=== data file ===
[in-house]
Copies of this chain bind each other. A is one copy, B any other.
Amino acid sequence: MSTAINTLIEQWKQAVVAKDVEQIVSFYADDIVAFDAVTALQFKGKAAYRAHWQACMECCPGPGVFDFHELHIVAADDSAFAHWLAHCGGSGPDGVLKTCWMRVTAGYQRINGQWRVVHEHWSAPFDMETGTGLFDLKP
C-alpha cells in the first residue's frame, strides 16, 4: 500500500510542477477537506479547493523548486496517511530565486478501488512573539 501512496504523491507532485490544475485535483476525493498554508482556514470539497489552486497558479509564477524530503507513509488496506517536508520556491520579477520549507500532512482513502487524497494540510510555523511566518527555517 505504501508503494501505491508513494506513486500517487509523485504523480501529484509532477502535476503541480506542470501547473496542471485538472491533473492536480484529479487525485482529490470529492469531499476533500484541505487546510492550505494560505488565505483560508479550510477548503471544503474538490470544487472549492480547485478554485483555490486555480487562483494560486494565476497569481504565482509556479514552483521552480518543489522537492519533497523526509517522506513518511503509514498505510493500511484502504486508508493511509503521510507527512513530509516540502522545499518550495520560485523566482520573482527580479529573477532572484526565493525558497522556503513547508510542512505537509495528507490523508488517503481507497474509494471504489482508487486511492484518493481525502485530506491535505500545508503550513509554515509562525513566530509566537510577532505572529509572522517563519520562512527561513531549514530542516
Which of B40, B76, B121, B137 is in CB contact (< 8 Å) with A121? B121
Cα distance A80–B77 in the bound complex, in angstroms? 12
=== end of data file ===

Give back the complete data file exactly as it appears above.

[in-house]
Copies of this chain bind each other. A is one copy, B any other.
Amino acid sequence: MSTAINTLIEQWKQAVVAKDVEQIVSFYADDIVAFDAVTALQFKGKAAYRAHWQACMECCPGPGVFDFHELHIVAADDSAFAHWLAHCGGSGPDGVLKTCWMRVTAGYQRINGQWRVVHEHWSAPFDMETGTGLFDLKP
C-alpha cells in the first residue's frame, strides 16, 4: 500500500510542477477537506479547493523548486496517511530565486478501488512573539 501512496504523491507532485490544475485535483476525493498554508482556514470539497489552486497558479509564477524530503507513509488496506517536508520556491520579477520549507500532512482513502487524497494540510510555523511566518527555517 505504501508503494501505491508513494506513486500517487509523485504523480501529484509532477502535476503541480506542470501547473496542471485538472491533473492536480484529479487525485482529490470529492469531499476533500484541505487546510492550505494560505488565505483560508479550510477548503471544503474538490470544487472549492480547485478554485483555490486555480487562483494560486494565476497569481504565482509556479514552483521552480518543489522537492519533497523526509517522506513518511503509514498505510493500511484502504486508508493511509503521510507527512513530509516540502522545499518550495520560485523566482520573482527580479529573477532572484526565493525558497522556503513547508510542512505537509495528507490523508488517503481507497474509494471504489482508487486511492484518493481525502485530506491535505500545508503550513509554515509562525513566530509566537510577532505572529509572522517563519520562512527561513531549514530542516
Which of B40, B76, B121, B137 is in CB contact (< 8 Å) with A121? B121
Cα distance A80–B77 in the bound complex, in angstroms? 12